|17th President of South Korea|
25 February 2008
|Prime Minister||Kim Hwang-sik|
|Preceded by||Roh Moo-hyun|
|Mayor of Seoul|
1 July 2002 – 30 June 2006
|Preceded by||Goh Kun|
|Succeeded by||Oh Se-hoon|
|Born||19 December 1941
|Political party||Grand National Party|
Lee Myung-bak (pronounced /ˌliː ˌmjɜŋˈbak/) (이명박) (19 December 1941 – present) is a Korean politician. He was the CEO of Hyundai Engineering and Construction. In 2002 Lee declared his candidacy for Seoul Mayor, and won the election. After he became president, he said, "I will give Seoul a complete makeover." He became the present President of South Korea on 19 December 2007. This was the same day as his birthday. It was also the same day he married his wife, Kim Yoon-ok. So, on their 37th wedding anniversary and his 67th birthday, Lee became President of South Korea. Lee has three daughters and one son.
Lee Myung-bak was born on December 19, 1941 in Japan. After the end of World War II in 1945, his family came back to his father's hometown Pohang, Gyeongsangbuk-do, South Korea. Lee went to night school at Dongji Commercial High School.
On March 26, 2010 an explosion destroyed the South Korean warship Cheonan. This killed 40 men. Six men also disappeared. They are thought to be dead. An investigation into the sinking blamed North Korea. They said that a torpedo fired by a North Korean submarine had sunk the ship. North Korea said it had nothing to do with the Cheonan's sinking. They said they were not guilty. Lee said their denial was "laughable". He stopped all trade between the north and south. He also asked the United Nations to help them against North Korea. He also began sending radio messages to North Korean people.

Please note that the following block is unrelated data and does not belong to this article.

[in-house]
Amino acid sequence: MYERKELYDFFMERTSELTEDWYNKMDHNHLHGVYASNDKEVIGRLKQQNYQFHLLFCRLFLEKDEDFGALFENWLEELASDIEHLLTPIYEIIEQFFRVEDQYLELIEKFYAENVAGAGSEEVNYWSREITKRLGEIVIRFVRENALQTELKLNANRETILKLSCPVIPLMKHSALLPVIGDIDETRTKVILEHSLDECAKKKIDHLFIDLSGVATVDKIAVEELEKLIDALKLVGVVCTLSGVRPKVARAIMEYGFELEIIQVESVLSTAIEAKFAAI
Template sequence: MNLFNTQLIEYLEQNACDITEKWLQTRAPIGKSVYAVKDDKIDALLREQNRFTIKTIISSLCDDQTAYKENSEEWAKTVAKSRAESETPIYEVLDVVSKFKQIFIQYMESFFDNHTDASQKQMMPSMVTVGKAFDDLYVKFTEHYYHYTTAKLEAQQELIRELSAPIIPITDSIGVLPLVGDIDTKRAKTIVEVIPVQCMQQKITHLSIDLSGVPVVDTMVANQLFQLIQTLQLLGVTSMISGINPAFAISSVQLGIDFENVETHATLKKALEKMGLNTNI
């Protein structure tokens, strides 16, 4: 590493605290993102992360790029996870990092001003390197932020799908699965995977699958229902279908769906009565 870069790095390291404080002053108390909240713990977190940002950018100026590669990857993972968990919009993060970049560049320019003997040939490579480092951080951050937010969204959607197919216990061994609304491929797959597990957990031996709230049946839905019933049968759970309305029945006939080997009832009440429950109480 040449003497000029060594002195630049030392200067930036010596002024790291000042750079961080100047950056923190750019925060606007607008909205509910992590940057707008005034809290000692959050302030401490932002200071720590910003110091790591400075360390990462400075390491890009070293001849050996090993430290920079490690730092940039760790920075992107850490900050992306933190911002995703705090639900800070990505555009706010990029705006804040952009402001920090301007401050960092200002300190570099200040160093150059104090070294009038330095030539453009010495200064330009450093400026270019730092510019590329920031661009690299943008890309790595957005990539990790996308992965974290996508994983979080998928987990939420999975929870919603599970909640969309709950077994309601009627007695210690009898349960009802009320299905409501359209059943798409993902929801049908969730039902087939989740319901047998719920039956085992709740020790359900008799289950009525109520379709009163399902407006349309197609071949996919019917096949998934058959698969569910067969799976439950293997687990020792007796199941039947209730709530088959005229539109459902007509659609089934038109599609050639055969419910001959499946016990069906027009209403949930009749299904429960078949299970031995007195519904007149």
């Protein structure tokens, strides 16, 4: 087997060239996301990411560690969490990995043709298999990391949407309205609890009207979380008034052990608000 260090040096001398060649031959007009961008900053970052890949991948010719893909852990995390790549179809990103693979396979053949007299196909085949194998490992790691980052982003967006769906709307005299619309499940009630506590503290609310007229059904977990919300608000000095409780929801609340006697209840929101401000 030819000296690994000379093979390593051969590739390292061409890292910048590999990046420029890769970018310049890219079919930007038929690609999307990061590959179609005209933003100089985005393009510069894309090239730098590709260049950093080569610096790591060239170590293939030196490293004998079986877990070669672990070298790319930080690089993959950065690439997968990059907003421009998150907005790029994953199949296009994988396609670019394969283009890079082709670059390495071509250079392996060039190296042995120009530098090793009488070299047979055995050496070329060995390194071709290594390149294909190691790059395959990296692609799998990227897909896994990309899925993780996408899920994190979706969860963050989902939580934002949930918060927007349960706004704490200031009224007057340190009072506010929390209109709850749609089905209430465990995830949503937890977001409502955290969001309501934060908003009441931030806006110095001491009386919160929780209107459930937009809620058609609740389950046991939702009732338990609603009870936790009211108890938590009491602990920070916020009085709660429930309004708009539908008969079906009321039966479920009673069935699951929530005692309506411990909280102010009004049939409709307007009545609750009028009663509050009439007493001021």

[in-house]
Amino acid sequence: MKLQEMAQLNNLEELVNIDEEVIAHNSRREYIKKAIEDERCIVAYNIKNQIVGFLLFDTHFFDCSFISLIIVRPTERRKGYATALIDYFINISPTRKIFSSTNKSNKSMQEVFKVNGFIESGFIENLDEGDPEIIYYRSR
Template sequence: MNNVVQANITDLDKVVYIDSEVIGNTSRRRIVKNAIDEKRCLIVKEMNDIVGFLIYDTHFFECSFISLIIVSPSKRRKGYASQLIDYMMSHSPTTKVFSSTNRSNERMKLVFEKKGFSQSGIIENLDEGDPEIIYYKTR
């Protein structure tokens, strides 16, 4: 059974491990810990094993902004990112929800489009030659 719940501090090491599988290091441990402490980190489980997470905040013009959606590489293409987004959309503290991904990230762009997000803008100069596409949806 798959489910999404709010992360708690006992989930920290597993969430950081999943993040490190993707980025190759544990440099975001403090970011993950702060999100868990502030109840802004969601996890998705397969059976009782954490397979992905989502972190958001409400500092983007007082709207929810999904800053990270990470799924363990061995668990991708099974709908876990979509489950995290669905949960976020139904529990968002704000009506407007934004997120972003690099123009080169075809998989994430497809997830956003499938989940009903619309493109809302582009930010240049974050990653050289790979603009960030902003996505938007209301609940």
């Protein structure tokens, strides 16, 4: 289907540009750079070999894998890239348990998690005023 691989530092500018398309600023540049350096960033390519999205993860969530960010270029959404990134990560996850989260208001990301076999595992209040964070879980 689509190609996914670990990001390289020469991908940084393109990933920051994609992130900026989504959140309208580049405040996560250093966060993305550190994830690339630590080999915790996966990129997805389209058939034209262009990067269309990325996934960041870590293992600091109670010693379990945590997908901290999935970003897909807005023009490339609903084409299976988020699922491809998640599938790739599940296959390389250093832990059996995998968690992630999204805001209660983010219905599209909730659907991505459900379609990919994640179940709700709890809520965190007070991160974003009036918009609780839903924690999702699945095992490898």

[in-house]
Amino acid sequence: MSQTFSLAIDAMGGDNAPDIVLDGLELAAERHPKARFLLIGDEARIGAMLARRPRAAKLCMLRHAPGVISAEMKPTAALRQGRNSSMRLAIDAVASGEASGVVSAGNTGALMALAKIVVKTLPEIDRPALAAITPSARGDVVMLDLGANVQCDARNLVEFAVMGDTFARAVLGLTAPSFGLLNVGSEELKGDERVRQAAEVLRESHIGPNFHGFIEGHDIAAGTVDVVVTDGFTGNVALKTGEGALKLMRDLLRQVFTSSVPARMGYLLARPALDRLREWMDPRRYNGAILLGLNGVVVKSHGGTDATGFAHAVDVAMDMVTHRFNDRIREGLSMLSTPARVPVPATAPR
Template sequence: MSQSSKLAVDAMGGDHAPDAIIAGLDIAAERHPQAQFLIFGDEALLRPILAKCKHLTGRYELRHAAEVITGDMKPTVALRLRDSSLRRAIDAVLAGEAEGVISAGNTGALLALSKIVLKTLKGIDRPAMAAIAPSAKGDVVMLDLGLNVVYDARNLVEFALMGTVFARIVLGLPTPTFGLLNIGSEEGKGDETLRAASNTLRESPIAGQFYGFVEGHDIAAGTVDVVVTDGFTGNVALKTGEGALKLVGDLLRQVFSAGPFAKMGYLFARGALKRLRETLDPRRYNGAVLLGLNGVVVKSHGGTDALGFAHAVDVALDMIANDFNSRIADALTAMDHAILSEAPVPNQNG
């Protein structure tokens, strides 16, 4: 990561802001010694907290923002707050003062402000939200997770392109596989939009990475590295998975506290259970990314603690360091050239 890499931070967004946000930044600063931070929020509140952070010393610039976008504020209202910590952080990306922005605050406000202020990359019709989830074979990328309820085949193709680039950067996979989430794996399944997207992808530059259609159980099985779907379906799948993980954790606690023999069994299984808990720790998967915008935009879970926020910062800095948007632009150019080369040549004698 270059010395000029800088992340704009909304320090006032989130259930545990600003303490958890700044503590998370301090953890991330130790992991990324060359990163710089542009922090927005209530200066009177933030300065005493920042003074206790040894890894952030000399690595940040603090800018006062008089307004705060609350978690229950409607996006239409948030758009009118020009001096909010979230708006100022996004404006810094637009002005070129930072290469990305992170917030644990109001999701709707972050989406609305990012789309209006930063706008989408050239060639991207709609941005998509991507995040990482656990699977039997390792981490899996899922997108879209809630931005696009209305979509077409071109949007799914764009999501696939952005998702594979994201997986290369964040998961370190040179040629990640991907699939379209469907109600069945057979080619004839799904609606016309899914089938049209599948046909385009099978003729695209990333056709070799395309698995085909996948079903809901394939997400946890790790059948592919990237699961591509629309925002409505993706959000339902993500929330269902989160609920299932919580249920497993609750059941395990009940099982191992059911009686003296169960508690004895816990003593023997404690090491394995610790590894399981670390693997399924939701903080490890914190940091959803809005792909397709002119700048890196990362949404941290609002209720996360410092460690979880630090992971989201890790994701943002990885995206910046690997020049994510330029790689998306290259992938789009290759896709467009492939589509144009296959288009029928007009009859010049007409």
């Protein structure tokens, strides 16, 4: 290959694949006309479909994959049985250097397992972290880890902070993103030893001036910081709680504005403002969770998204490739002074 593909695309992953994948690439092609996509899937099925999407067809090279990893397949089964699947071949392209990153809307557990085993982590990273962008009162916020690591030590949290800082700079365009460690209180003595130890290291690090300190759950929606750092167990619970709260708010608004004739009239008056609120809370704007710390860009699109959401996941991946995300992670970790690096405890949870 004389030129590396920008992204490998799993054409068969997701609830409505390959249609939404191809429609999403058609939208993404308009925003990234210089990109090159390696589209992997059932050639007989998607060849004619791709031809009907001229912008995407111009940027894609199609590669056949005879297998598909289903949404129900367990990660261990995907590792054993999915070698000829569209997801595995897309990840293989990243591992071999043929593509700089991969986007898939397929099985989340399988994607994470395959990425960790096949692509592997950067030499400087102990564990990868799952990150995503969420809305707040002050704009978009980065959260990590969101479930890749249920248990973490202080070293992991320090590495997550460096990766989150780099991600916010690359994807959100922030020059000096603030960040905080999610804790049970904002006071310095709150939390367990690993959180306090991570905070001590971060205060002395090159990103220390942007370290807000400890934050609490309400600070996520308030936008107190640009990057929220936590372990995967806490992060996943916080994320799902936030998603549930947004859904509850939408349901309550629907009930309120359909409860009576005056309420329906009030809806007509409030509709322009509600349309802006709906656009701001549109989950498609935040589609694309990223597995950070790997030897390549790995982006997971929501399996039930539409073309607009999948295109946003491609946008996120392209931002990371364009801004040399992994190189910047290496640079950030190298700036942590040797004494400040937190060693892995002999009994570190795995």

Lee Myung-bak is a Christian and goes to the Somang Presbyterian church. When he was a mayor, he once declared that Seoul was a "holy place governed by God". He has been much criticized for his beliefs. Buddhist people protested that Lee was a threat to their religion.
Lee has also been criticized for not giving enough political freedom to the people. For example, the police limited demonstrations. But Lee said, "I fully understand the protestors' point of view on the matter". He added, "Protesting culture has a deep root in democracy of Korea and despite the ongoing political upheaval of this country, the enthusiasm that the protesters showed is one side ... we embrace (approve) and this will ... be a positive (good) drive of Korea's development."
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